Illustration by Chris Reed
The poet said it best: April is the cruelest month. With so much promise and expectation, with a temperate respite from the ravages of winter so close and the colors of eternal spring so dazzling, a single night of freezing temperatures in April can lop the tops off your tulips and numb your flowering azaleas with the effectiveness of an assassin.
Over the past few years, our Valley has often experienced nature’s cruel lesson: The calendar may say it’s spring, and your need to clean house and get your hands into the dark loam is as strong and hard-wired as any urge we humans have. But the truth of the matter is we still need to wear our winter coats and keep our golf clubs in the trunks of our cars for a few weeks more.
The late spring is confusing. Trees are flowering and bulbs are sprouting from their underground nests, yet the chill in the air reminds us of winter. Reluctantly, we retreat to our cold-weather habits of hot tea, sweatshirts, and a good book in our favorite chair.
We look at our closets and see the flannels and corduroys and want to put them away, retire them from use — move the shorts and T-shirts to the forefront. But not yet. We see robins on the lawn, longer days with more sunshine, and that bluest blue of skies that means it’s time to get out, breathe deeply, perhaps take the bike to the rail trail or Walkway Over the Hudson… but not yet.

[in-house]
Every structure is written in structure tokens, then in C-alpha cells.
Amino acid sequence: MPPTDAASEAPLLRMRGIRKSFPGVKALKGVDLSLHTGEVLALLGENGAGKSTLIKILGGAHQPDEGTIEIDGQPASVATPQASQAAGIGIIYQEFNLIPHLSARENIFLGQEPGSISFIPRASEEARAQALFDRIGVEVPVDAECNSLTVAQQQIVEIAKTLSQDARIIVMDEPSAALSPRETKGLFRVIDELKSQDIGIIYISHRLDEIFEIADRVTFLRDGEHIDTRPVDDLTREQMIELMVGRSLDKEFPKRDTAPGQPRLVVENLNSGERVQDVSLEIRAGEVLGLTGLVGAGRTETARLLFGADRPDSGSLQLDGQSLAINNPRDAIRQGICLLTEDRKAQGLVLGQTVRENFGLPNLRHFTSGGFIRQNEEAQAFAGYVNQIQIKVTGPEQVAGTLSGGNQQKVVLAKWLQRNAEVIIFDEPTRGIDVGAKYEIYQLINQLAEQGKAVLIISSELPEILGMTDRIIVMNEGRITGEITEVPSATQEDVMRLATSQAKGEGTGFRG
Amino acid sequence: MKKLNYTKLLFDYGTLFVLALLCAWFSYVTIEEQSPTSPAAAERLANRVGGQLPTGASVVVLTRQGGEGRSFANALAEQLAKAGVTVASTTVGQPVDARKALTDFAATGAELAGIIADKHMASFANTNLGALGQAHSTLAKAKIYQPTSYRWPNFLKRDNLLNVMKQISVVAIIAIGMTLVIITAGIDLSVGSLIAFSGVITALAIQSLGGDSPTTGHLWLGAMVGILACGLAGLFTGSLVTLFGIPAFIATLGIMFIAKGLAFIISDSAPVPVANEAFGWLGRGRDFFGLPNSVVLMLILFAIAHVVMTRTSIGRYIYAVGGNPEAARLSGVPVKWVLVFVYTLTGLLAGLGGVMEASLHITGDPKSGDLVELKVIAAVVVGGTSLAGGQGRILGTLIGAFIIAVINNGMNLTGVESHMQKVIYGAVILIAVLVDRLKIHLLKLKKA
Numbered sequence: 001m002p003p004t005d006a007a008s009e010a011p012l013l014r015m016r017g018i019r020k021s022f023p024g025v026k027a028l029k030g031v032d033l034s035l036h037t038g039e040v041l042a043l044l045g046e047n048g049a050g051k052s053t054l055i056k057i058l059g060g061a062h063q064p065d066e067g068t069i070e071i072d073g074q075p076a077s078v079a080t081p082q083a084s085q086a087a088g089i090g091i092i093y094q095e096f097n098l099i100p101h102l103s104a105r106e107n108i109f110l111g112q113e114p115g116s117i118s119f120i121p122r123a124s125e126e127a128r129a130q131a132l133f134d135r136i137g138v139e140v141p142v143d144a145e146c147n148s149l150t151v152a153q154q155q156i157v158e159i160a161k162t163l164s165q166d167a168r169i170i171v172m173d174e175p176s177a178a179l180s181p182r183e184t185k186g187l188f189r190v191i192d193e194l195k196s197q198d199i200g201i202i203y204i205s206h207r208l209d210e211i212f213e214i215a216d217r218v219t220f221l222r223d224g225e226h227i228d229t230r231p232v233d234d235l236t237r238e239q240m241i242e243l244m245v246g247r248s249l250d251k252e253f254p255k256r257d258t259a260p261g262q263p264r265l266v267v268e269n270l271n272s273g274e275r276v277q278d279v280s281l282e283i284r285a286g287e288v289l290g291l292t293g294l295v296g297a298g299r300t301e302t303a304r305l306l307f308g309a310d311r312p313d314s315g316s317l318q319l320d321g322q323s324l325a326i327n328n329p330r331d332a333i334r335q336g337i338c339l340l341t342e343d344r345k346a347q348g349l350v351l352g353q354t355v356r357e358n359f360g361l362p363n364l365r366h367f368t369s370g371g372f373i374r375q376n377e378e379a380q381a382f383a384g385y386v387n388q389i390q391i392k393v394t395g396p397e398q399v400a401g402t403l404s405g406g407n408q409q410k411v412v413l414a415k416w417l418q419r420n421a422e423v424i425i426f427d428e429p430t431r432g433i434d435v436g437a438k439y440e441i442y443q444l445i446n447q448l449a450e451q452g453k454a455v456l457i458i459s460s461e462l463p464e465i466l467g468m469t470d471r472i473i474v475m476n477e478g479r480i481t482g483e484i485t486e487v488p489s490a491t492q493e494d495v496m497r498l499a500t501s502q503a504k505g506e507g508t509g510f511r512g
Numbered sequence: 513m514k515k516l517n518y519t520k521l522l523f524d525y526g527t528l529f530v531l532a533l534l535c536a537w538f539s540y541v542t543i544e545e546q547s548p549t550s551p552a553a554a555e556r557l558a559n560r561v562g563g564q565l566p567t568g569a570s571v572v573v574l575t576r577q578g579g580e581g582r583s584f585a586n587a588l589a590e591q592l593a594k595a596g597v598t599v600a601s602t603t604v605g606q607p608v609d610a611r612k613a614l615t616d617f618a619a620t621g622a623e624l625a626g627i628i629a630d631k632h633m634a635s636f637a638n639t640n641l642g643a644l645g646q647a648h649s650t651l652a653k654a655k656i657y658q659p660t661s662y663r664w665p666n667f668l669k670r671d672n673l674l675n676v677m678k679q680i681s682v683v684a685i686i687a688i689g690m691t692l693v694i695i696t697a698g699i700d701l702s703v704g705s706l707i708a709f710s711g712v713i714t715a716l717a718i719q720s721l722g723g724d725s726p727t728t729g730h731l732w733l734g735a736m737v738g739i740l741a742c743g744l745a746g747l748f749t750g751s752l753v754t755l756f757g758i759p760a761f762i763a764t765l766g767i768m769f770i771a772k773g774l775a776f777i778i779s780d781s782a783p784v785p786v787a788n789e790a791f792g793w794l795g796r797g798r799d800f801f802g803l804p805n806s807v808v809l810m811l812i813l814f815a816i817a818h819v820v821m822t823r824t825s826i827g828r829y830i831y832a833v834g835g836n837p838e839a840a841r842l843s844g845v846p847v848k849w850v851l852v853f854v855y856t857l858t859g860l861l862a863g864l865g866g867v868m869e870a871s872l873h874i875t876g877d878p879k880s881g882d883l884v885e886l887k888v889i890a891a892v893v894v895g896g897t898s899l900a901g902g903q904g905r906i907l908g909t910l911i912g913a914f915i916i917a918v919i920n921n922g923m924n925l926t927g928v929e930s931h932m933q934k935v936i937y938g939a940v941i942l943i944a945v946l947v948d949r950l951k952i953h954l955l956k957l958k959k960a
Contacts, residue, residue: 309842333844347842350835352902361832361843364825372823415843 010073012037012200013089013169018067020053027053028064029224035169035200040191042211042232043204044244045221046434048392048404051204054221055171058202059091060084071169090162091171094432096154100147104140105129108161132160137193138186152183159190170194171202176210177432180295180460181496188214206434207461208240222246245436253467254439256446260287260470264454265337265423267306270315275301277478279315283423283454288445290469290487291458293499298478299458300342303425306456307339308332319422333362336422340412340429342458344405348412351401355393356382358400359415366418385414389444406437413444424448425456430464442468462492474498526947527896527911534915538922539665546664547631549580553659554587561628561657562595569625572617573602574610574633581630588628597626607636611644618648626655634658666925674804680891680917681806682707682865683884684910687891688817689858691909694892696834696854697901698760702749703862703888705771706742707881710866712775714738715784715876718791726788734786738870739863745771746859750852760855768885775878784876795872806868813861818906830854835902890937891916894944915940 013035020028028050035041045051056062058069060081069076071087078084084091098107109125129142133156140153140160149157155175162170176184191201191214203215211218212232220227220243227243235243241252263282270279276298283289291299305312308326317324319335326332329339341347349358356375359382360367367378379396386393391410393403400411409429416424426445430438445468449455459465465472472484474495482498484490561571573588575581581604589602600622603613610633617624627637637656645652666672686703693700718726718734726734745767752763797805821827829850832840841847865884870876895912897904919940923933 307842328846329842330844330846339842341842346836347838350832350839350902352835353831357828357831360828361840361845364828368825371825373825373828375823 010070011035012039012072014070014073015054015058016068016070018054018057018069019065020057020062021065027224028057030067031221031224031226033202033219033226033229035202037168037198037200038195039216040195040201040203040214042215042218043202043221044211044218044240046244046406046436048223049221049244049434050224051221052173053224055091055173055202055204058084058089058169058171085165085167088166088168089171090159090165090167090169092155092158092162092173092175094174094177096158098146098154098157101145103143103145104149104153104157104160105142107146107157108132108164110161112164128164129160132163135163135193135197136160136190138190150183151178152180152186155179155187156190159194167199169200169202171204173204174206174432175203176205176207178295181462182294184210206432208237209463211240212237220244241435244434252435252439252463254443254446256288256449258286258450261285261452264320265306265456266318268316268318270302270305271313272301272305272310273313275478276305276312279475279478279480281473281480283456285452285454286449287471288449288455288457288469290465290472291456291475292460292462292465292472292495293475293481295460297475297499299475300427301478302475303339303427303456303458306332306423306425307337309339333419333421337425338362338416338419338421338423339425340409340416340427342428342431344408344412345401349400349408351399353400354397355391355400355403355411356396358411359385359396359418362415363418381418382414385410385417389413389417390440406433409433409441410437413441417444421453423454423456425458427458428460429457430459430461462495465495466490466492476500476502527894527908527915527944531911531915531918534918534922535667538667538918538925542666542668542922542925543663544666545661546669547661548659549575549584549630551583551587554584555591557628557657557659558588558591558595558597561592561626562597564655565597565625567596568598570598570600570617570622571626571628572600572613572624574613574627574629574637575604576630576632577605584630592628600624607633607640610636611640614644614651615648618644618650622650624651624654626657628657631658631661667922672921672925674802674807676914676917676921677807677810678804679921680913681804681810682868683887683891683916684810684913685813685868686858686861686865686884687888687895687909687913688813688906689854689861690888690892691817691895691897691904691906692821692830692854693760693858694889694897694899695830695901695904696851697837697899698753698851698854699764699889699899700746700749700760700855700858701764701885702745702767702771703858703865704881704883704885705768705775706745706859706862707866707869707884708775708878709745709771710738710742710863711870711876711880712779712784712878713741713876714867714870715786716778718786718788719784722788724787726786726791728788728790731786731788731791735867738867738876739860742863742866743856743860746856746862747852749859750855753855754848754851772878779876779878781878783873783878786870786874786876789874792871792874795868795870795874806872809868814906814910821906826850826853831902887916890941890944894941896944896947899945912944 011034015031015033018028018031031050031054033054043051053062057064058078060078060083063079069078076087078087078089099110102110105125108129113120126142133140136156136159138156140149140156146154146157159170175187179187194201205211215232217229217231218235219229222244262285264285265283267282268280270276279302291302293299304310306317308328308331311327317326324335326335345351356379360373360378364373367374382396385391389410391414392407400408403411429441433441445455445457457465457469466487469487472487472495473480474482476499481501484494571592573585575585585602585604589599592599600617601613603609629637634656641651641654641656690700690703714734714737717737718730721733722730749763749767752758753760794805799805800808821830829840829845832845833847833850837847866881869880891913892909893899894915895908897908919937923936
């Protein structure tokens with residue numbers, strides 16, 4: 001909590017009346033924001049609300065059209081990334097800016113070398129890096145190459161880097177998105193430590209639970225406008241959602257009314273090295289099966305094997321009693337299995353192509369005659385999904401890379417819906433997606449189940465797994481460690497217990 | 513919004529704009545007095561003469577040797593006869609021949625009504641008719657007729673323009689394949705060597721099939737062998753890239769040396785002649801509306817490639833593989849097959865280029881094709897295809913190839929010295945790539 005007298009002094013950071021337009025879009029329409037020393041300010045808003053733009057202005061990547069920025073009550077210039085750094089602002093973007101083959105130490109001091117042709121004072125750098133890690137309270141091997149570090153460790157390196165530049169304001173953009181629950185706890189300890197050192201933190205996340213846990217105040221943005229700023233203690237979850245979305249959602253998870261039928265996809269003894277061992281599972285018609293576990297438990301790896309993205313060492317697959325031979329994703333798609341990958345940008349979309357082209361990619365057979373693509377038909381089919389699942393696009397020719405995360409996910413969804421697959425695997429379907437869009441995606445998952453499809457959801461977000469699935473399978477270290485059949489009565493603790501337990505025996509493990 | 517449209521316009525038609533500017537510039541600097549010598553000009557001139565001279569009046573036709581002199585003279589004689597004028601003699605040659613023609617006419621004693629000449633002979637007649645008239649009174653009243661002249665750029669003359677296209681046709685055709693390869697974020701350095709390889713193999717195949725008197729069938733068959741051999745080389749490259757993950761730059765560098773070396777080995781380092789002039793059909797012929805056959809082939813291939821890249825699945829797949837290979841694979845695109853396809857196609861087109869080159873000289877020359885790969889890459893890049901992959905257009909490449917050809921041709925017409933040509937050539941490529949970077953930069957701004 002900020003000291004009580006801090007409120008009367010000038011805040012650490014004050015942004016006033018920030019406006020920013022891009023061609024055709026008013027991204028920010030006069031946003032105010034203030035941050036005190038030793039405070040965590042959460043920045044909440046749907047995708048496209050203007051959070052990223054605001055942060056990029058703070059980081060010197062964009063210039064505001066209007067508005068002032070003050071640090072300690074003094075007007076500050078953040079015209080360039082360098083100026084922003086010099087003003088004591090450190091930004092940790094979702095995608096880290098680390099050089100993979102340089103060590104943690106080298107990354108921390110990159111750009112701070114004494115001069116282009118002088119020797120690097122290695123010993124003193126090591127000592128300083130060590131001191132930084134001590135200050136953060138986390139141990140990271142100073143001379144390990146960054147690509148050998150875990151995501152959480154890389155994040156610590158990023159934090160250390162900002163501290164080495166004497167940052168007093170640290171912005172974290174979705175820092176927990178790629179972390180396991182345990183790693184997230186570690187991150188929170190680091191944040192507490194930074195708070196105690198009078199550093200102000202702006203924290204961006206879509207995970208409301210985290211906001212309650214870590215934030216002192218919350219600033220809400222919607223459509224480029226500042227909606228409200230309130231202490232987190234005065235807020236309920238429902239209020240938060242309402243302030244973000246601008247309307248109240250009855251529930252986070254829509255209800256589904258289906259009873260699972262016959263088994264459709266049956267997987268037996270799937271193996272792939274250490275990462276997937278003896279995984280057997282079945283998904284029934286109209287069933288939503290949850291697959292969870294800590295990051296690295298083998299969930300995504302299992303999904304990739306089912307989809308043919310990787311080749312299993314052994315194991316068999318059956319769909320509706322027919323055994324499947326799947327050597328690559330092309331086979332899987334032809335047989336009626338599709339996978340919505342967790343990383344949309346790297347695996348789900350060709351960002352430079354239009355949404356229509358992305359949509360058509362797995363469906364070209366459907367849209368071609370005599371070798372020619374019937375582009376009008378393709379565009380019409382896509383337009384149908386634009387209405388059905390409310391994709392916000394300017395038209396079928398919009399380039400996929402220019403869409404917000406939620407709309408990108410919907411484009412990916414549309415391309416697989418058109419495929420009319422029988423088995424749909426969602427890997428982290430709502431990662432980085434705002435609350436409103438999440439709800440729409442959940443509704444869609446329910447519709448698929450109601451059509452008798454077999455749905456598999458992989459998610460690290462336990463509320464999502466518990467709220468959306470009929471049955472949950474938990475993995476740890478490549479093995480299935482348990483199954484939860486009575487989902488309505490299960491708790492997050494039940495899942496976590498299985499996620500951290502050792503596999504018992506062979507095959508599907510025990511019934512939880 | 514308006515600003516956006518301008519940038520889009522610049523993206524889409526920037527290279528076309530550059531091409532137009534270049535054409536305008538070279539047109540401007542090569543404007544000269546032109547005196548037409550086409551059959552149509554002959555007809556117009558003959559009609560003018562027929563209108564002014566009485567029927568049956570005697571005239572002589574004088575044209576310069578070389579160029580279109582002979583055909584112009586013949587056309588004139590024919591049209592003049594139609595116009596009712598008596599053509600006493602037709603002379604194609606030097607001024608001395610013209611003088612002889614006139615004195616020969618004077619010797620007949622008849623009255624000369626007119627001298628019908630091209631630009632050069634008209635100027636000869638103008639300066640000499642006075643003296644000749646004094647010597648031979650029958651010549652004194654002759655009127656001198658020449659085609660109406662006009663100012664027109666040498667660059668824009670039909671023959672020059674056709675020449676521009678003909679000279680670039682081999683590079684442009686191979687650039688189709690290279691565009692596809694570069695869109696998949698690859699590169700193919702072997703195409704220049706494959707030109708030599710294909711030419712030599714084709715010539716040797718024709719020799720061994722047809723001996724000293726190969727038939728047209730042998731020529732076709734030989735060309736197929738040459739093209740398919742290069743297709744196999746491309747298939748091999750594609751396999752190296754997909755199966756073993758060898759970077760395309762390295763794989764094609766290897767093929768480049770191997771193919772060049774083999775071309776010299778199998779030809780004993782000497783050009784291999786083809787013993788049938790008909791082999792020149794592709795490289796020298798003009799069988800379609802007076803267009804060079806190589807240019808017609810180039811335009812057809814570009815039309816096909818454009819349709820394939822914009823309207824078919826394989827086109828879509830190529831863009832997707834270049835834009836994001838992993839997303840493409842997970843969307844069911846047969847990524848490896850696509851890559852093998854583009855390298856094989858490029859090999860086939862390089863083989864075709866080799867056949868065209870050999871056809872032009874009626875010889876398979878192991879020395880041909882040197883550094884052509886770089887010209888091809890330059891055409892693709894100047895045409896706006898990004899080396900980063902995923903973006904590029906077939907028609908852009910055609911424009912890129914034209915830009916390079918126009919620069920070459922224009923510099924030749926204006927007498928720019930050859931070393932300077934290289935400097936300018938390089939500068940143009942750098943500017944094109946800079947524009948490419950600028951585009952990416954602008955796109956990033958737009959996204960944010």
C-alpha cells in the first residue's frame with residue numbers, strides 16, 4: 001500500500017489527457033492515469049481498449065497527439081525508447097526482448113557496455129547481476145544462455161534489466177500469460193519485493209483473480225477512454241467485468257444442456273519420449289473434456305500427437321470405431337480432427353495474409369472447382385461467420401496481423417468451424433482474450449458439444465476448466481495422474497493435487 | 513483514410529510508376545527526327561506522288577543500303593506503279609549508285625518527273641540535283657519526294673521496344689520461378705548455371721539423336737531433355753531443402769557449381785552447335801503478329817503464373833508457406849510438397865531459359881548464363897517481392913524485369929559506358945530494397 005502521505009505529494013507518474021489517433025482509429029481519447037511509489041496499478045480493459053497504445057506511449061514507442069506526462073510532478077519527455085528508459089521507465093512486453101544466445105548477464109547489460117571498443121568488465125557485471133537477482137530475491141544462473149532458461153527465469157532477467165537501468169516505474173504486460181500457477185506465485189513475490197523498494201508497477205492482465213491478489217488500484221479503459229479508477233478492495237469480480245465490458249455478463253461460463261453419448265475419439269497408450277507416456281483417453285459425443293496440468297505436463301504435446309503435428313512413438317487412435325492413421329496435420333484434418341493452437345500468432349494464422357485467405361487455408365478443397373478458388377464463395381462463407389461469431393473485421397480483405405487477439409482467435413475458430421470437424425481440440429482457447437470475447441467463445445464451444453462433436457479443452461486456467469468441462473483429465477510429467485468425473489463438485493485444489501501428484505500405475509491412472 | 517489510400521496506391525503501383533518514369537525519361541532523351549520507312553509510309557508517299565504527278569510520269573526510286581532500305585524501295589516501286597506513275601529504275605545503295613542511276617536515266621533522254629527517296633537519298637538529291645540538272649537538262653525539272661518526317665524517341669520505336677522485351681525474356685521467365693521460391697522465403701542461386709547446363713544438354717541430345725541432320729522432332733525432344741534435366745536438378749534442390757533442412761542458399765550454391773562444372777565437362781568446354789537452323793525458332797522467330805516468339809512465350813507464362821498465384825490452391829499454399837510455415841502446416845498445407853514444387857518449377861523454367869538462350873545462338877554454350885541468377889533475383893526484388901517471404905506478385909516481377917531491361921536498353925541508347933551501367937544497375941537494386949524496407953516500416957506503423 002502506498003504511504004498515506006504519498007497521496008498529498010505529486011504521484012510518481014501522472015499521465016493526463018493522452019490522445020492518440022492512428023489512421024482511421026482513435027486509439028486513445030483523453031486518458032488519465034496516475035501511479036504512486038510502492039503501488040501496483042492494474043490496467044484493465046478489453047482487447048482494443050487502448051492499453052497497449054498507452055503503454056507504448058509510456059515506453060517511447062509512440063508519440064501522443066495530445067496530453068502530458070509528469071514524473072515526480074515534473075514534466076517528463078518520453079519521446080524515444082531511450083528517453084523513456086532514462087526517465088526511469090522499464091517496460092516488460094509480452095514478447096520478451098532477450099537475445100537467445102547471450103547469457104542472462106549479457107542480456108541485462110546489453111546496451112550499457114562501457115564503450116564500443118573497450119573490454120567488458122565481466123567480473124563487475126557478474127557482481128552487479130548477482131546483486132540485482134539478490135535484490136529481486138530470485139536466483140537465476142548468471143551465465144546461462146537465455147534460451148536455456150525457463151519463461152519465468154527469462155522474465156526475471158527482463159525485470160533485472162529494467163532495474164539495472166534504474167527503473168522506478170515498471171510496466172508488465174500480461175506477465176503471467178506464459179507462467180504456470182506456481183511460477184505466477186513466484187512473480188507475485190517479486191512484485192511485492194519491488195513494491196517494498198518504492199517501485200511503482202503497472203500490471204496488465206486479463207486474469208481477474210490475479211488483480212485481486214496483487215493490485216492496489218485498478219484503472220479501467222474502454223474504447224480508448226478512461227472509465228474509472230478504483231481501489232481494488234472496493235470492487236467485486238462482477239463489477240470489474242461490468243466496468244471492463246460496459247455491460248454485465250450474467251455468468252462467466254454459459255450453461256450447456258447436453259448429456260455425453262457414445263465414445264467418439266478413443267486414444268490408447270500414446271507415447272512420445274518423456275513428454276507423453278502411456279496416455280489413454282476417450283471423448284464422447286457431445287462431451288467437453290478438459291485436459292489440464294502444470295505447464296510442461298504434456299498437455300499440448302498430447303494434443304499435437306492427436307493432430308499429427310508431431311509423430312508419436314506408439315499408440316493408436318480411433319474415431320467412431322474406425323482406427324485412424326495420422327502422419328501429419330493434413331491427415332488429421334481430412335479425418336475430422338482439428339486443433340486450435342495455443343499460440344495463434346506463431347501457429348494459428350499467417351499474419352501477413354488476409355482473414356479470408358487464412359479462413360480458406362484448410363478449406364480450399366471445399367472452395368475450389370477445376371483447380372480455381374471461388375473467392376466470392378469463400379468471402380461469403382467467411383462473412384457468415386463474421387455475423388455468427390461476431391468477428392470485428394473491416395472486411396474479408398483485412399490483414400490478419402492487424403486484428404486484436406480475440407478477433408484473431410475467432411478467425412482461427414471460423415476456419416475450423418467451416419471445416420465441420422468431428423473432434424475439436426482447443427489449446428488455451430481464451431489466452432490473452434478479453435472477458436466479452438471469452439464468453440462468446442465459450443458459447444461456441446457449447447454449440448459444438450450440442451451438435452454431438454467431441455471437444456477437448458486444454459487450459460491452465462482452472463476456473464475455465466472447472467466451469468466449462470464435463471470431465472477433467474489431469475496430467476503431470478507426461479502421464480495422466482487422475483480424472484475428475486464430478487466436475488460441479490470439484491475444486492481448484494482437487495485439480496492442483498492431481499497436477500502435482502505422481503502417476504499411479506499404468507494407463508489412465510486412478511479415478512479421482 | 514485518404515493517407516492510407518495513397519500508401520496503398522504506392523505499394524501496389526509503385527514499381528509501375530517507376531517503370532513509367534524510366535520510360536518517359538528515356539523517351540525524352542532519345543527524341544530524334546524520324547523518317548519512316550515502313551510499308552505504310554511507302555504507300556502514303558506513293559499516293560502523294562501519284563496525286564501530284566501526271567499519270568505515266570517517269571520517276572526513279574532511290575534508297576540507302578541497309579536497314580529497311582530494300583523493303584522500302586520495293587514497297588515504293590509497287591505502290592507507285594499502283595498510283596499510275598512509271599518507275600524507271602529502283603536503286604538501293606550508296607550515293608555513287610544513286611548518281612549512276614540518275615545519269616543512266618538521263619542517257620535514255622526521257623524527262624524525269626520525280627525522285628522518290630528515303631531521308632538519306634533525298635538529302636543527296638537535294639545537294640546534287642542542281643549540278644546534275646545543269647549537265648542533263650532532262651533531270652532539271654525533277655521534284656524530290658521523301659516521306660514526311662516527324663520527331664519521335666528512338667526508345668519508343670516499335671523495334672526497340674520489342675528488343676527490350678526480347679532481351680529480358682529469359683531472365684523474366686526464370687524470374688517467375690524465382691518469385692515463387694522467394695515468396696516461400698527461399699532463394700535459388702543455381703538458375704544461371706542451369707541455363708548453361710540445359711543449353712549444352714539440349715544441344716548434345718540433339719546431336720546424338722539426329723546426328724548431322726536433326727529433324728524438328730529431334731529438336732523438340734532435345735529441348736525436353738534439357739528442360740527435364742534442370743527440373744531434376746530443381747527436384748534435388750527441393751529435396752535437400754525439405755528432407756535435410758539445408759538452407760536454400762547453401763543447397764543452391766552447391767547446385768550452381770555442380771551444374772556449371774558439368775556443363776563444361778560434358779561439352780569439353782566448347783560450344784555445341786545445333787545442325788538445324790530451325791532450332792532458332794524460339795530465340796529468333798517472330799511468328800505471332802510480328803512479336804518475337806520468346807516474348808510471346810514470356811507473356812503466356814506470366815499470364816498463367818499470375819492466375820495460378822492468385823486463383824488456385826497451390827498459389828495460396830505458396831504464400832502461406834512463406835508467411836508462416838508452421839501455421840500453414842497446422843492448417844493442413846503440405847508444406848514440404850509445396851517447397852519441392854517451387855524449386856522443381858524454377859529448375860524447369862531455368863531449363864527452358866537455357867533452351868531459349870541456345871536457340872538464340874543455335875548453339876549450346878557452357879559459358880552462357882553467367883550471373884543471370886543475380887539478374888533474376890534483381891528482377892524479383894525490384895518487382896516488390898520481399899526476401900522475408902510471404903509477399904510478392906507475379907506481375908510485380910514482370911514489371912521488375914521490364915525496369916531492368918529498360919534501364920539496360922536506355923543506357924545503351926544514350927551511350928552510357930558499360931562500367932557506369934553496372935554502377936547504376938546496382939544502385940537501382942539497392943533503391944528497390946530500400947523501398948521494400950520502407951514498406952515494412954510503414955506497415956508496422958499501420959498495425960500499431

This confusion hurts commerce: Are you really ready to buy spring fashions? It hurts relationships: I was going to call you to see if you wanted to take a walk or get some ice cream, but it was too cold.
And it confuses the psyche: As we watch the renewal of all natural things, I’m supposed to feel good about life. But last night we had a freeze warning; another winter storm is predicted for those poor souls in the midwest; and the grass of my lawn, green as a frog’s belly, is still short and stunted, cowering each night with the thought of a blanket of cold dew.
Our ancient relatives hid in the caves, believing that the cold would never cease, the eternal dark would never lift. When spring appeared one morning, golden and unscheduled, they celebrated. They named the month after a variation of the word “abrir,” which means “to open” — an obvious reference to the profundity of flowers (named after Flora, the Roman goddess of vegetation) that appeared almost magically.
Like the Greeks and Romans before us, we wait anxiously for April — and when it comes, we celebrate. We stand in our garages and wipe our John Deeres clean of last year’s thatch. We go to our local nurseries to buy little trays of purple and yellow hues. And we put our corduroys and sweats on and wait, knowing — unlike our ancestors of yore — that when April finally appears, be it in May or June, it will be glorious and unscheduled.